Broadside

narrative feminism

A poem on letting go.

I wish I would have known

To practice harder at letting go.

Growing up everyone told me to savor,

To treasure, to keep, to hold.

Now, the door slams.

He screams, “WHY CAN’T YOU JUST LET IT GO!?”

I don’t know.

I don’t know how.

I try at night,

As I cry into my pillow,

But I don’t know how.

*

My mother raised me to be a fighter.

My father wanted me to soar.

All the teachers said I was gifted.

All my family said it, too.

“You’ll be president one day,”

Said grandma as we watched the nightly news.

The press and the print are daily pressures:

Everywhere I look—

I’m a woman—

I’m supposed to be more,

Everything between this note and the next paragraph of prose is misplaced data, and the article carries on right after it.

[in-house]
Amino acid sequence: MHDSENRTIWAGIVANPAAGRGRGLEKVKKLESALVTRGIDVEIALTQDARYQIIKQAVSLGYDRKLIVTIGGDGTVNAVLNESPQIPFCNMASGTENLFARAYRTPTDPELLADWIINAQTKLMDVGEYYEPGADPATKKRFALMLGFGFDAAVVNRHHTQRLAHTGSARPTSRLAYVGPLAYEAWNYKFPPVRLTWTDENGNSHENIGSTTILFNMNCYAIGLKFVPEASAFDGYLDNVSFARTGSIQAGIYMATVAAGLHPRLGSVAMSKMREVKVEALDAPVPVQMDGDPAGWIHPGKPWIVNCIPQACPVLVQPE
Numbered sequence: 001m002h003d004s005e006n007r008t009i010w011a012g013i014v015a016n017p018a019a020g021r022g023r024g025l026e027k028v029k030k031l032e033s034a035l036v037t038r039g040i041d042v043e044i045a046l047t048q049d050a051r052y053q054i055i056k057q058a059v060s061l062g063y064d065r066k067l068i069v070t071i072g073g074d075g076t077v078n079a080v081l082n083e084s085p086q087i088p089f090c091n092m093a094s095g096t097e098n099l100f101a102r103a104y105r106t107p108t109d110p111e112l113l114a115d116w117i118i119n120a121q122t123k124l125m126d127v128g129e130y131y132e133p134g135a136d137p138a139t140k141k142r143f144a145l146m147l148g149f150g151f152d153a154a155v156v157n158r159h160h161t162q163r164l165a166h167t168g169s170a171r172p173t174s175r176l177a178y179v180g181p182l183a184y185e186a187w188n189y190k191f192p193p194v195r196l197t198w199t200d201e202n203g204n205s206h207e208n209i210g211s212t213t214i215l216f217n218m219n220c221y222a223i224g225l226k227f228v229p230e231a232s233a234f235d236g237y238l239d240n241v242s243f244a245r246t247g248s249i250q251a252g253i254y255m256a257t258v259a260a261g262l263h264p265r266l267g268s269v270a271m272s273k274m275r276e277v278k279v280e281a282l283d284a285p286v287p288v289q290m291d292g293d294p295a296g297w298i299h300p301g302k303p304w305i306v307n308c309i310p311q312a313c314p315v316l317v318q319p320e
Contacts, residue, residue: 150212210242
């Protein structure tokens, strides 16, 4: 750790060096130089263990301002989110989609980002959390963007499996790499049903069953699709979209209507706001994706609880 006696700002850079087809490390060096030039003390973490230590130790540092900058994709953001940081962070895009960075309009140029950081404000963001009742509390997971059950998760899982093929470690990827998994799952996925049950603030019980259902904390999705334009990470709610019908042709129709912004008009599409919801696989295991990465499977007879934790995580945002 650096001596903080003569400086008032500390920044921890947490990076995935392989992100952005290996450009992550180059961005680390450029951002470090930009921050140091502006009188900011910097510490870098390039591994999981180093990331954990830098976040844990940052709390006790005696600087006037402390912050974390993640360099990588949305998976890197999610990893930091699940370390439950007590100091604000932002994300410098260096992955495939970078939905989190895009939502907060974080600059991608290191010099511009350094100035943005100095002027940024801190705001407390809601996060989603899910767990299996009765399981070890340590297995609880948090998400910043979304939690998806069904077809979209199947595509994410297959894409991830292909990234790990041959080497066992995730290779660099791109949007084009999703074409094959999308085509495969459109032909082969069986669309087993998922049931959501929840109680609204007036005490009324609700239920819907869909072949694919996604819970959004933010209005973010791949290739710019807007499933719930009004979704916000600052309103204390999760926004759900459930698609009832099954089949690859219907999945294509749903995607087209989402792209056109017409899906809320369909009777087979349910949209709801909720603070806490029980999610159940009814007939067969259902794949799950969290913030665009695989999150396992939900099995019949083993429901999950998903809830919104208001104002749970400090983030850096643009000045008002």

Give more,

Have more,

Love more,

Live more,

Laugh more…

The only thing this man-happy world consistently tells me to do less of is c r y.

*

So when I look in the mirror,

at the bags under my eyes,

The pudgy skin above my hips,

And between my thighs,

Analyze every sag on my arms,

Every pore on my face

And I think about all of the words

Of hate, and shame,

And embarrassment,

That line the bones of my body,

Trust me…

I wish I knew how.

I WISH I KNEW HOW

To let it all go,

To feel free,

But I never got that memo.


— Isabella Margot

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